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About Andy


I am an avid adventurer, conservationist, teacher, and outdoor photographer whose photography celebrates the African landscape and its rich wildlife, people, and culture. My photographic safaris allow my travelers to not only enhance their understanding of photography, lighting, and wildlife, but to develop a life-long admiration for Africa ‘s beauty and culture.

Banana Republic recently used my photographs as the cornerstone of their Urban Safari campaign, and my images were seen in all 750 stores around the globe, as well as in their billboards, catalogs and annual report. I was also the winner of the BBC Wildlife Photographer of the Year in the ‘Wild Places’ category in 2008 and a highly commended in the ‘Creative Visions of Nature’ category in 2007.

I launched Gura Gear in 2008, in an attempt to deliver lightweight camera bags to the market. I was looking for a lightweight camera bag to hold all of my photographic gear, and there was nothing desirable on the market that suited my needs. After spending 2 years with many prototypes, the Gura Gear Kiboko bag was born. More products are now available on the Gura Gear web site.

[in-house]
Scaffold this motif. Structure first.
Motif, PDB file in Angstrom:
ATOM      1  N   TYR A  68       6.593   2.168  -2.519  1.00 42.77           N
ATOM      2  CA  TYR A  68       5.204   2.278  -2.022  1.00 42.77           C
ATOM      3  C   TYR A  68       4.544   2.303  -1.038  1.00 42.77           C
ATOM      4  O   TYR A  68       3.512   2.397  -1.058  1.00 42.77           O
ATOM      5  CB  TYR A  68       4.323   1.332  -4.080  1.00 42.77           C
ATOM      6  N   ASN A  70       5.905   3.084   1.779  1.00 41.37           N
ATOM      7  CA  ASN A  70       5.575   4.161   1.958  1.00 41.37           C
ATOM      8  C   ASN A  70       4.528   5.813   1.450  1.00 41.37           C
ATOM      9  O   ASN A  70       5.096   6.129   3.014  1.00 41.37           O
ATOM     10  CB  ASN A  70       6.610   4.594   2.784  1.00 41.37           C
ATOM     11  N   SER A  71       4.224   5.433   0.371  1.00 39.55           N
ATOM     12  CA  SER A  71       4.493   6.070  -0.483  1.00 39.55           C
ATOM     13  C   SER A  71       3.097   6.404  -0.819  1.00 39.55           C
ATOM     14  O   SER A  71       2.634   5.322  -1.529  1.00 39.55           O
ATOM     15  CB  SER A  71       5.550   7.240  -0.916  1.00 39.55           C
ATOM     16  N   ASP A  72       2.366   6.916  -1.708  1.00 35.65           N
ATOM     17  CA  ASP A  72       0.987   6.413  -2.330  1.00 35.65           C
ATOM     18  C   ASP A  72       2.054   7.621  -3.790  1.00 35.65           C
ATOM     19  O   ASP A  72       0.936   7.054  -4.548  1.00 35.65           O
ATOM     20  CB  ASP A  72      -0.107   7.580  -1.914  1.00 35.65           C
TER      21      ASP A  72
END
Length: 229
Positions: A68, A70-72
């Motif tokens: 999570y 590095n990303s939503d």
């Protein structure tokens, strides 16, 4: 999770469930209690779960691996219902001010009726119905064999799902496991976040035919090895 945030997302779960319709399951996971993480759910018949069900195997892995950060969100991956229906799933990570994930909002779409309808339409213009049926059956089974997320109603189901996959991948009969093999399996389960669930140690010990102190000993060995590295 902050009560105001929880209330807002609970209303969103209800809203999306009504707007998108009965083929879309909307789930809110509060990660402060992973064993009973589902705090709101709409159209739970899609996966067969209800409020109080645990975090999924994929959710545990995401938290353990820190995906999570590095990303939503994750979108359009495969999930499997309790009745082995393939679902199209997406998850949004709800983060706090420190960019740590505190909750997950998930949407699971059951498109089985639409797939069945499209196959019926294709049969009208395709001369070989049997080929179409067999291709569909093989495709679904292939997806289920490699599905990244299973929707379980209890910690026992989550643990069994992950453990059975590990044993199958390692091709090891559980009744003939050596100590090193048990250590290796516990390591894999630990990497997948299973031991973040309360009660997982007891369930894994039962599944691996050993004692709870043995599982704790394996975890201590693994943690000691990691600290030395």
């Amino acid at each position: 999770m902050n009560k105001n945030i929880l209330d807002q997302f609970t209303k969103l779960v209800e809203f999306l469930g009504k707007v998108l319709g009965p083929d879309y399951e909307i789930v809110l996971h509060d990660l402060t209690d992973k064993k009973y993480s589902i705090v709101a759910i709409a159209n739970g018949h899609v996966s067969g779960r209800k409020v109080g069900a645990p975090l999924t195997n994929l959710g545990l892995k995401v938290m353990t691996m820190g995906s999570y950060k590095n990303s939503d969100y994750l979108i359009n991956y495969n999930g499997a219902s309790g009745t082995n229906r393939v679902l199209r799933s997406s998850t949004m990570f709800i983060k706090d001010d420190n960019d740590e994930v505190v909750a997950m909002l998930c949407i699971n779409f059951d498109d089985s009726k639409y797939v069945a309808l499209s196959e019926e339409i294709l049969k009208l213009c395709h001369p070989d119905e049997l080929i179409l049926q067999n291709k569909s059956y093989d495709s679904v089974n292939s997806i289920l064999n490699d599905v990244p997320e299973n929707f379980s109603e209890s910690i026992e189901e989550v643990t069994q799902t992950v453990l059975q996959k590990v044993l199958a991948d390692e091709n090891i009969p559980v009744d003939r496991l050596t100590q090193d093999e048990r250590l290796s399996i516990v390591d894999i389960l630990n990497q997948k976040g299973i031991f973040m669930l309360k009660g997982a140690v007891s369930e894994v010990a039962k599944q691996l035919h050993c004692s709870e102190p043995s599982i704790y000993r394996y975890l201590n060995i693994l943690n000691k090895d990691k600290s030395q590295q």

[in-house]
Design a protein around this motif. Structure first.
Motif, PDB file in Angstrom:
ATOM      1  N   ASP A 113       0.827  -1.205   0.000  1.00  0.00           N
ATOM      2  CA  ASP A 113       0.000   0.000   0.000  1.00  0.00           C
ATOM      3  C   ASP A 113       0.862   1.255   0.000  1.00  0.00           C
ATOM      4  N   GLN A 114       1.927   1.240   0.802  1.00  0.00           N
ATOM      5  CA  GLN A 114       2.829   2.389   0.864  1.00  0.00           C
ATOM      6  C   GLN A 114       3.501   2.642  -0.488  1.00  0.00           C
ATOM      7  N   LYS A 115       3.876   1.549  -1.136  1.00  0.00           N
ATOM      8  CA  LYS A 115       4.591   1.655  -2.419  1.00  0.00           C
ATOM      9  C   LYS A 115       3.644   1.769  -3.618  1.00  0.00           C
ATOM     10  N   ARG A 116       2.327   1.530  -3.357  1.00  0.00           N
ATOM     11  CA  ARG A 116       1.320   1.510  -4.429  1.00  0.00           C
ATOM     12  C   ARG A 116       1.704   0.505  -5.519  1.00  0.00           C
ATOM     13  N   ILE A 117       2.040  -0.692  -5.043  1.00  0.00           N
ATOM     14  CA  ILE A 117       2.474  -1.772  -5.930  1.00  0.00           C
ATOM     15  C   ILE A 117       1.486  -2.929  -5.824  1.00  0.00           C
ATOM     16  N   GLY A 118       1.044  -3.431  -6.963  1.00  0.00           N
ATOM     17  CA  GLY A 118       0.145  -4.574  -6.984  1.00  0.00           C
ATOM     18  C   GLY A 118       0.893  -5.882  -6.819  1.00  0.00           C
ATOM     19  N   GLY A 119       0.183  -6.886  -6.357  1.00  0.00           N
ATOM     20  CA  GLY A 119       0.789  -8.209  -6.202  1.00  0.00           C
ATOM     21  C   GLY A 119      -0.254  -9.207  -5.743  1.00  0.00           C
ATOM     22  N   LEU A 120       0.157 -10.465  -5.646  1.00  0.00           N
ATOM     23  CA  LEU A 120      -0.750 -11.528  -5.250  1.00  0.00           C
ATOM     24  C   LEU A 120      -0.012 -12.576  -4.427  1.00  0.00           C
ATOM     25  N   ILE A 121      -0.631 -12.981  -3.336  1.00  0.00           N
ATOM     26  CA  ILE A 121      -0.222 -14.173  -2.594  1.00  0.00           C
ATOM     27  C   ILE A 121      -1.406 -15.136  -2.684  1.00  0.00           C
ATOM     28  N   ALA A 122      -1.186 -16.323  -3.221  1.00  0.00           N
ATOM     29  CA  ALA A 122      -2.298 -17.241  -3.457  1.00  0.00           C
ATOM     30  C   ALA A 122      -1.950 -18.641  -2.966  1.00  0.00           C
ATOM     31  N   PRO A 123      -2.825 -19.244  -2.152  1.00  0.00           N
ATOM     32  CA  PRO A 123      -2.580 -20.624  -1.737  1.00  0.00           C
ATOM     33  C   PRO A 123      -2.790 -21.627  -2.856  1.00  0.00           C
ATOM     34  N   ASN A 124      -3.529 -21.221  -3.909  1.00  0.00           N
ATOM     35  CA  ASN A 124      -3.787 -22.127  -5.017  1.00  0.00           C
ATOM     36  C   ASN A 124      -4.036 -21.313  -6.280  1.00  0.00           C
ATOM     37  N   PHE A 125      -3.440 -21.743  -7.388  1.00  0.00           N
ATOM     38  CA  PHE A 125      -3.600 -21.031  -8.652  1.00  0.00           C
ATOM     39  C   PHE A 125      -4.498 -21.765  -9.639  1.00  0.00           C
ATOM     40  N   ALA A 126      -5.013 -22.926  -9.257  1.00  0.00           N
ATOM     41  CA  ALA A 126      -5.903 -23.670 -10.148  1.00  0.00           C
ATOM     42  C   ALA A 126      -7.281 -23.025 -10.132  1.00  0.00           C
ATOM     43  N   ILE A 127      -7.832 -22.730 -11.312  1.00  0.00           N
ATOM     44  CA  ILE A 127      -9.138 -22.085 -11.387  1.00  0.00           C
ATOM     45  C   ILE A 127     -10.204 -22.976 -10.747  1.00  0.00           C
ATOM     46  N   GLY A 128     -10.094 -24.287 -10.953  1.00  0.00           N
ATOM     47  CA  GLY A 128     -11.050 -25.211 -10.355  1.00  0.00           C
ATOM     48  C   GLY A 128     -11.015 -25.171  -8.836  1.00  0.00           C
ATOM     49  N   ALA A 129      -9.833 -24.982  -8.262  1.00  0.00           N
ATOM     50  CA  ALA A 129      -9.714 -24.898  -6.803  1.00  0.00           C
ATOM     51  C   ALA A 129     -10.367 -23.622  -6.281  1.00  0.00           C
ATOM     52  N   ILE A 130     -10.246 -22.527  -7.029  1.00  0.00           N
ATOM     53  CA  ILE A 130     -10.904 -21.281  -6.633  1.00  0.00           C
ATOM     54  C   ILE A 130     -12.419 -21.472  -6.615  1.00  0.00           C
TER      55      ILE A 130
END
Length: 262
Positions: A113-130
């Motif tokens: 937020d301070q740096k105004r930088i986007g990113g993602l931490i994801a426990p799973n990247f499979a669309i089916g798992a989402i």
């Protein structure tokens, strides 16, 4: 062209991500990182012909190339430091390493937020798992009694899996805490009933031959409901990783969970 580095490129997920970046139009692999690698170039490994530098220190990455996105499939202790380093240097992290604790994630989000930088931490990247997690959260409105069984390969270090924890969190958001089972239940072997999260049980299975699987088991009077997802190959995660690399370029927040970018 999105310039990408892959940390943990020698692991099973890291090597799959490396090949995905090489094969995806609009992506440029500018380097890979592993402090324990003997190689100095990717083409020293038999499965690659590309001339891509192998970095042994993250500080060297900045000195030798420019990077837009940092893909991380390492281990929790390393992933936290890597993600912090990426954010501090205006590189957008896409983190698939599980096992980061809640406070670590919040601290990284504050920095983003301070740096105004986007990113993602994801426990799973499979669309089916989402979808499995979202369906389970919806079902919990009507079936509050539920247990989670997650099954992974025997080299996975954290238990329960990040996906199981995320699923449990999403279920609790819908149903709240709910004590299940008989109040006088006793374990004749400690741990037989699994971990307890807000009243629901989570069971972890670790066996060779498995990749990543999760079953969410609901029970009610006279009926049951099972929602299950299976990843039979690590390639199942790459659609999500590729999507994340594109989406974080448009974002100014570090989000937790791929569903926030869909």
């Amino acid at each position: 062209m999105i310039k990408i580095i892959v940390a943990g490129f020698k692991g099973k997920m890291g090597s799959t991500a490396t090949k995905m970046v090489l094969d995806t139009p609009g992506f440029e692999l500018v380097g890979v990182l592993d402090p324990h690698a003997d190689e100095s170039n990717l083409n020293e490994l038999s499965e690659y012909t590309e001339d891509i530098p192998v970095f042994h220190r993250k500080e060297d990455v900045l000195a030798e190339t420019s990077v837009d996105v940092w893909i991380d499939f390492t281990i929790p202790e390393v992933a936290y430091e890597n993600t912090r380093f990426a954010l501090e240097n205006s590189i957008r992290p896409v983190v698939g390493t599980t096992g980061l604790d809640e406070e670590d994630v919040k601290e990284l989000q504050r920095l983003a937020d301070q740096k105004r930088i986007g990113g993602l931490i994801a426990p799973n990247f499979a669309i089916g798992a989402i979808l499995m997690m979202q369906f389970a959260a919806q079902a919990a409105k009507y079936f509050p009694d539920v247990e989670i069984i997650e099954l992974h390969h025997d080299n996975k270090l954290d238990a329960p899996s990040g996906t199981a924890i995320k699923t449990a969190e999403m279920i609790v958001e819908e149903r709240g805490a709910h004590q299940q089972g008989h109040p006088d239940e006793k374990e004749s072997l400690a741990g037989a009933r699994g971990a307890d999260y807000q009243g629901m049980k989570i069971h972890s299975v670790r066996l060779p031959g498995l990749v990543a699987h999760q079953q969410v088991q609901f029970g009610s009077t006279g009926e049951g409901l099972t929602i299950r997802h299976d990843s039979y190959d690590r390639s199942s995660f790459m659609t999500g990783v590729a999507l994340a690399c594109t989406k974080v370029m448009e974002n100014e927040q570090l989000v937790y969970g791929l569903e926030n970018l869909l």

« Quad ATV's at Serra Cafema | Main | I am off for Namibia »

Update from Namibia

We are at our third camp out of three on my northern and central Namibia workshop, and this trip is turning out to be quite productive photographically. Our first camp was along the desolate skeleton coast of northen Namibia. There we photographed many different types of scenes: sand dunes, the foggy coastline, desert elephants, gemsbok (oryx), river canyons, and transition zones in between the different zones. After three nights at the Skeleton Coast Camp, we headed to Serra Cafema Camp. Serra Cafema is known to be the most remote and luxurious camp in all of southern Africa. I was last there in the spring of 2006 when I co-led a trip with Michael Reichmann.

Serra Cafema Camp yielded some amazing scenes, yet it is a difficult location to capture in photographs.

We are now at the Namib Naukluft Park, home to the tall sand dunes as far as the eyes can see. After three nights here, I will head back to Windhoek to say goodbye to John Paul and the rest of the workshop group. I will head out with my second group to explore the southern and central part of the country, which is no less dramatic.

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